Felicia Muftic: Mass shootings not just in Colorado
Grand County, CO Colorado
Last Friday I was sitting in the same living room where I watched on TV as the Columbine shooting unfolded in 1999.
This time it was the mass shooting in the Aurora movie theater. Flashbacks to that day in 1999 mingled with the TV images of the horror in Aurora. Tom Costello, former TV reporter with KUSA in Denver, now with NBC, asked, “What is wrong with Colorado?” as he talked about the trauma he experienced in covering the Chuck E Cheese pizza store massacre in Aurora in 1993.
Tom, it is not just Colorado. The problem is worldwide. It is just that Colorado was the first to bring the drama of mass shootings to real time TV and world attention with Columbine. Columbine gave the seriously mentally ill a new technique to use.
Looking at an Associated Press site that provided a list of mass shootings, copy cat incidents have happened including recent ones in Scandinavia, some in China and points in between. World-wide, too, this is known as the “Columbine Effect.”
Some of the countries have good mental health support systems in place. The U.S. mental health services are woefully lacking, but thanks to Columbine our emergency responders have become well prepared for repeat incidents. Unlike the U.S., not all of the countries have our freedom to bear arms, but deranged mass killers manage to carry out their deadly missions anyway.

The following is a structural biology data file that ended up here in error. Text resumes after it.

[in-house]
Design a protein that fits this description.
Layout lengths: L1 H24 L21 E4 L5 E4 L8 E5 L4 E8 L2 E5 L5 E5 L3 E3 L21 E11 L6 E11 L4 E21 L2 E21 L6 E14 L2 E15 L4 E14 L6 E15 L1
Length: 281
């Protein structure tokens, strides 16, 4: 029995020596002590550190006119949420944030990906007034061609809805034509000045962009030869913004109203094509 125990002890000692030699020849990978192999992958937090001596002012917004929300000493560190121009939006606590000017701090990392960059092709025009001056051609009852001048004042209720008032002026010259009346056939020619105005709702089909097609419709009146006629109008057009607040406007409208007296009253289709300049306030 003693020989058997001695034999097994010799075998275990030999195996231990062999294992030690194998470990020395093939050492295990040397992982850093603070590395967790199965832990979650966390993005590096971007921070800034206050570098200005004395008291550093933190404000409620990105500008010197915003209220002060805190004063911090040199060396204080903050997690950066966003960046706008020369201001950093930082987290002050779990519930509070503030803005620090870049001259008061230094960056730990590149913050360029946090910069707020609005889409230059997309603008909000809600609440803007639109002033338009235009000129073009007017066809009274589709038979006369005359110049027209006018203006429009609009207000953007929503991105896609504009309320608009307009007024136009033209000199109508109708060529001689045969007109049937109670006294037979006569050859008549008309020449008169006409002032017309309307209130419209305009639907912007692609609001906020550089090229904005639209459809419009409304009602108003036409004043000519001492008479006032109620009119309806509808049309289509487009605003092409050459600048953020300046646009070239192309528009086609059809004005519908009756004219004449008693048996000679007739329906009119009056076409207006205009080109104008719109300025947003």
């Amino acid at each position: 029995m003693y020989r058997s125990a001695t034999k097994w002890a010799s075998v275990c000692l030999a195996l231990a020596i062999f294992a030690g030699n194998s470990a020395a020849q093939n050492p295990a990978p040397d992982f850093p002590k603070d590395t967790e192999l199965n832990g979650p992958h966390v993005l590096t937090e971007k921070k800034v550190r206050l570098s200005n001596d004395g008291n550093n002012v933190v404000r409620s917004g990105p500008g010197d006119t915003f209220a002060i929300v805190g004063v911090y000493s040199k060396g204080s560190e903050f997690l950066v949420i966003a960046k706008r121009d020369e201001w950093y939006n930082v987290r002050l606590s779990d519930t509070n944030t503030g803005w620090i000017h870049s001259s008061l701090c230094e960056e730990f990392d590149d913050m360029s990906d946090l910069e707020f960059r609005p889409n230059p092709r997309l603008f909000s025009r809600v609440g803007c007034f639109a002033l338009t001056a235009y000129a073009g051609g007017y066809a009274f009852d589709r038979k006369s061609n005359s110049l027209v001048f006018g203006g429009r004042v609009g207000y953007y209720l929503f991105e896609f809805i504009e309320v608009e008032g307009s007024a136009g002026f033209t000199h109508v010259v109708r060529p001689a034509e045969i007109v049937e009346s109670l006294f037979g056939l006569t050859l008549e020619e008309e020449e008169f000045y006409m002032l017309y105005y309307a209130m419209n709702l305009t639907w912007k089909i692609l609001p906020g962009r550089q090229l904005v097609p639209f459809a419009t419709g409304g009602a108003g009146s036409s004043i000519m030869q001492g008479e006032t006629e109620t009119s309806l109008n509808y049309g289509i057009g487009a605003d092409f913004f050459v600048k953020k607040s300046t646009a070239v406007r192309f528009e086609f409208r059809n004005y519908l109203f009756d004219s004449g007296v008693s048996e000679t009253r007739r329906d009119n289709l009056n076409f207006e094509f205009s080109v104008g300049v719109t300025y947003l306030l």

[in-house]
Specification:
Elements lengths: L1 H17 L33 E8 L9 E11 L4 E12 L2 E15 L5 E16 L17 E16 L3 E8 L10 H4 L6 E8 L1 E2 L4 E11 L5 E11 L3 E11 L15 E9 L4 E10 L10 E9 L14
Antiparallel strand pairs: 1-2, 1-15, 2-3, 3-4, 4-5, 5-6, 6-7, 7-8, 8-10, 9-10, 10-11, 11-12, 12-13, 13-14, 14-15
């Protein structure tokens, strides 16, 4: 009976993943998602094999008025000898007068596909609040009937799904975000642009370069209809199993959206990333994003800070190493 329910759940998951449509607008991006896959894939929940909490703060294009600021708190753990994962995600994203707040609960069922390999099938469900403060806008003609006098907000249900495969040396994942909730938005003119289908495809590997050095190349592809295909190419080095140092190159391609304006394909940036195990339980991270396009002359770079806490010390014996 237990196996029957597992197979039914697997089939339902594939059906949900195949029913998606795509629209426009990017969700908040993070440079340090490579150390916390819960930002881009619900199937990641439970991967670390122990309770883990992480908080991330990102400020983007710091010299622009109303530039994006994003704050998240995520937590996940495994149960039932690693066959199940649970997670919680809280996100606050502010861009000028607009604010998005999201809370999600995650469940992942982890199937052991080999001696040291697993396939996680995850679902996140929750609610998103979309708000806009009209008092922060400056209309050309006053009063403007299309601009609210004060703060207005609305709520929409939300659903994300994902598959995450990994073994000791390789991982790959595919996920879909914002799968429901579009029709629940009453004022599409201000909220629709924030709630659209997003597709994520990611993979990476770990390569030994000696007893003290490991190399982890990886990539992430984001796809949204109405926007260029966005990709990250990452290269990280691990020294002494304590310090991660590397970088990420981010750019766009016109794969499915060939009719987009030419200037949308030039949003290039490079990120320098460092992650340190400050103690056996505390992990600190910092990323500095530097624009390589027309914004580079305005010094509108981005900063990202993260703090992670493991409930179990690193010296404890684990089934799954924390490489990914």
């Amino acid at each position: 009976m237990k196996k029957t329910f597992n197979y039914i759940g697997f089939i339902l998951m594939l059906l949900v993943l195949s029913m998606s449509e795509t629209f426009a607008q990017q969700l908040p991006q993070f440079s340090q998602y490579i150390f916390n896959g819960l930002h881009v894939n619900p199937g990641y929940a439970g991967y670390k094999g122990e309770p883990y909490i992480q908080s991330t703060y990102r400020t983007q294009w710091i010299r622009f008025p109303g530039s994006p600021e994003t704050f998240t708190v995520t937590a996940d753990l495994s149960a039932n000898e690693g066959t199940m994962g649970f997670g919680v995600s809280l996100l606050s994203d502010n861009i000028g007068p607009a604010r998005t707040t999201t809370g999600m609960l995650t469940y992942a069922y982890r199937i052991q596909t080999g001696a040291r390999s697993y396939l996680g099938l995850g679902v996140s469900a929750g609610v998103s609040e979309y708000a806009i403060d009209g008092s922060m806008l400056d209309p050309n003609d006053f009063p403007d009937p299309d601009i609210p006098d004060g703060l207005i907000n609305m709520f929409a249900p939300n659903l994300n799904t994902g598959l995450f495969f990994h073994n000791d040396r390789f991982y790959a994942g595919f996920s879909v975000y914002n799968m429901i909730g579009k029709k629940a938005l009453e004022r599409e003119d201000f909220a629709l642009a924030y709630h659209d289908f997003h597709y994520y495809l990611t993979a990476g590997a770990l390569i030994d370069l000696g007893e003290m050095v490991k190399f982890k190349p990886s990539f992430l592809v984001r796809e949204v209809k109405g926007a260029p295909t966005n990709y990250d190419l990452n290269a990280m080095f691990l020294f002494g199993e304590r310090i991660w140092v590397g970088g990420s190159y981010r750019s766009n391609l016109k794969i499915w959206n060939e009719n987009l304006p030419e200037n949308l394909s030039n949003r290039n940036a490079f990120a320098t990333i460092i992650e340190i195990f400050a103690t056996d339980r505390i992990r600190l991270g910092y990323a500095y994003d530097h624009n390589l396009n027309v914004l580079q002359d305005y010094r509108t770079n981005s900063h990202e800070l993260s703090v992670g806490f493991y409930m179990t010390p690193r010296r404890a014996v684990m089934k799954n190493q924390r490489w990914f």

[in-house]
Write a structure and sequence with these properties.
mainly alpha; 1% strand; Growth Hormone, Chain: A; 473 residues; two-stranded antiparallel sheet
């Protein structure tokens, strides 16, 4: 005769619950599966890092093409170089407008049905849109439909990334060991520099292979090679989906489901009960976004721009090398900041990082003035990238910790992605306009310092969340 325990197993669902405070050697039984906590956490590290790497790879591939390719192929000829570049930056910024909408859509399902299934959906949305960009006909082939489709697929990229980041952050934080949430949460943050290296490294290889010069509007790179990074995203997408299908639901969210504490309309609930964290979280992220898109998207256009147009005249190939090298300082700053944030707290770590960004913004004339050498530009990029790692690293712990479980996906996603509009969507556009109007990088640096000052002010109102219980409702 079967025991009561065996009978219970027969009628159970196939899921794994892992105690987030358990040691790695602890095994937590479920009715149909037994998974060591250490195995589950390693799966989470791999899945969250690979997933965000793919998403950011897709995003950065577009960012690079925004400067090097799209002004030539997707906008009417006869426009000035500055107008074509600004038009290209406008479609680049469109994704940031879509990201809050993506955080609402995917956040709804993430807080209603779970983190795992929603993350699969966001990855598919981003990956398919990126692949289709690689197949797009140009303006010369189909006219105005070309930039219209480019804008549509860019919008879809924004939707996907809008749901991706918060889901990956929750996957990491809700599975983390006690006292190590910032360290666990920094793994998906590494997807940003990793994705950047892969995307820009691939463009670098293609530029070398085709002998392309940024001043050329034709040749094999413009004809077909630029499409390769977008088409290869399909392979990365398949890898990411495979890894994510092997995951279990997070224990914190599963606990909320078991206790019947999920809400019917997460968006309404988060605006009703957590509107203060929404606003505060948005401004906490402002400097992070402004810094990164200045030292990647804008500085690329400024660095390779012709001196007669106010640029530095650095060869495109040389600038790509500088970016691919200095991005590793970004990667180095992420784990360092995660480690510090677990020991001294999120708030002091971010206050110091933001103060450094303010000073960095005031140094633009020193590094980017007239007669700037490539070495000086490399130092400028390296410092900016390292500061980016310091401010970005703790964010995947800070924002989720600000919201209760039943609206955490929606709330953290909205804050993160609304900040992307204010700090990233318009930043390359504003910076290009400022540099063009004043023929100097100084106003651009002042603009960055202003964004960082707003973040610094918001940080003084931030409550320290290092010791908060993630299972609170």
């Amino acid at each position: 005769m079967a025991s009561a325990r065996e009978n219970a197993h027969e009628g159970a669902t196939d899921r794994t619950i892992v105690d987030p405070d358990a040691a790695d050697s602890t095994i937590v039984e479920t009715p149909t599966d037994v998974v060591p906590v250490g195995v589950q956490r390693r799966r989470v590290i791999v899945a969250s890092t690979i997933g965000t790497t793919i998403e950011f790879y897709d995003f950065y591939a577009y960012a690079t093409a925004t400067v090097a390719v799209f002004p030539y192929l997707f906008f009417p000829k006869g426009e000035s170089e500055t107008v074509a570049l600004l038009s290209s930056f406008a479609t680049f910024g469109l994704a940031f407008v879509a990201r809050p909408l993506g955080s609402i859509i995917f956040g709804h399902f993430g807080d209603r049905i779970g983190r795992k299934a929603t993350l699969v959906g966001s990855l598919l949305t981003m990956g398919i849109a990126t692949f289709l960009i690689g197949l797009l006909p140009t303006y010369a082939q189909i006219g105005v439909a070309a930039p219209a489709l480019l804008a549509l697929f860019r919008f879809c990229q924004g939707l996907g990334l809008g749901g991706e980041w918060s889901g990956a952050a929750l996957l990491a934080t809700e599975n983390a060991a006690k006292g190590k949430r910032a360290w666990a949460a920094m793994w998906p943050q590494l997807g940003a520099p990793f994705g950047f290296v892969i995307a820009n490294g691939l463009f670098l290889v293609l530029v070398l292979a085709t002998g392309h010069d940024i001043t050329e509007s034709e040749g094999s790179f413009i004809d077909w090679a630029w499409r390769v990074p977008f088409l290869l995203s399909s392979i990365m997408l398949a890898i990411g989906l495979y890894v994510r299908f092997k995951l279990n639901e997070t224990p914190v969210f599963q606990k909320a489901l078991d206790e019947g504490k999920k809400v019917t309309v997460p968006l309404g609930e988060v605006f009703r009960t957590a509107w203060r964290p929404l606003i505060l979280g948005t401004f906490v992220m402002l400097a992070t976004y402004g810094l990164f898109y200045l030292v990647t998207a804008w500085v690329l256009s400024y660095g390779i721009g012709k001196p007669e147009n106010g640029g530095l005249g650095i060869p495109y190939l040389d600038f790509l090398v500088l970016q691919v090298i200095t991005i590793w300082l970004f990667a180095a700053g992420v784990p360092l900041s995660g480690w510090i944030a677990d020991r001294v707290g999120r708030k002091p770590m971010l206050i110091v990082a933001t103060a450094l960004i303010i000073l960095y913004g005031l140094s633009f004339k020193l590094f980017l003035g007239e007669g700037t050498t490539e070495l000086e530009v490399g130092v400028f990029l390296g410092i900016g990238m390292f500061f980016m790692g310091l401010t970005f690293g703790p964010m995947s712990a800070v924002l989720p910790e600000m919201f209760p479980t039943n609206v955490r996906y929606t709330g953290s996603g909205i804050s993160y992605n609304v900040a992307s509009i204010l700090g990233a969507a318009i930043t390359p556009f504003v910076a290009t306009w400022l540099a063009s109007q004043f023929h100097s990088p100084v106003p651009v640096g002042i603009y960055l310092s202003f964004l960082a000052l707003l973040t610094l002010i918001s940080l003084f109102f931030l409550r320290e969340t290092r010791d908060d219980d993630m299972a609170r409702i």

Even we in rural Grand County have had our own traumatic experience with an angry member of our community In 2004, Marvin Heemeyer sought revenge in a converted bulldozer outfitted like a tank. Like the Aurora shooter, James Holmes, he prepared for months. Heemeyer set about destroying property belonging to the town leaders who thwarted his attempt to stop the building of a cement plant near his property. His bulldozer got stuck and overheated on one of his property targets, cutting short his rampage before he could kill someone, and he shot himself.
This event, too, made news throughout the world … not because of the numbers killed (other than Heemeyer, no one died), but because his method of venting was so bizarre and was covered by TV helicopters and media as his bulldozer moved at a crawl from one victim site to another in a slow-motion rampage.
Psychiatric profiles of those who commit mass shootings vary greatly. One piece I found on the web about mass killings got my attention: “They are driven by selfish, powerful and uncontrolled desires … the origins of the personality type may be numerous and sometimes disputed. Certain commentators believe a person is born with the possibility of acquiring such a personality. Note, however, that all accept that upbringing, especially relationships and parents and the amount of exposure to violence as a child, has a major impact on their development.” (socialscience.slow.ac.uk/criminology_notes)
What triggers such acts? Perhaps part of the picture could be the exposure of the young to violence through modern media and desensitizing violent computer games. Modern assault weapons also allow one shooter to do incredible damage in a short period of time.
Aurora Congressman Ed Perlmutter has proposed reinstating the expired federal ban on assault weapons. This event is not a good reason. A ban would not have stopped such an unbalanced individual from killing. There might still have been less carnage in the theater, since Holmes first used an assault rifle until it jammed. He then switched to non-assault weapons that were also deadly. As Colorado Gov. John Hickenlooper said on CNN Sunday morning, “If he had not used that weapon, he would have found another weapon.” Holmes obviously had the ability to use bombs as well, as evidenced by the sophisticated booby traps he set in his apartment.
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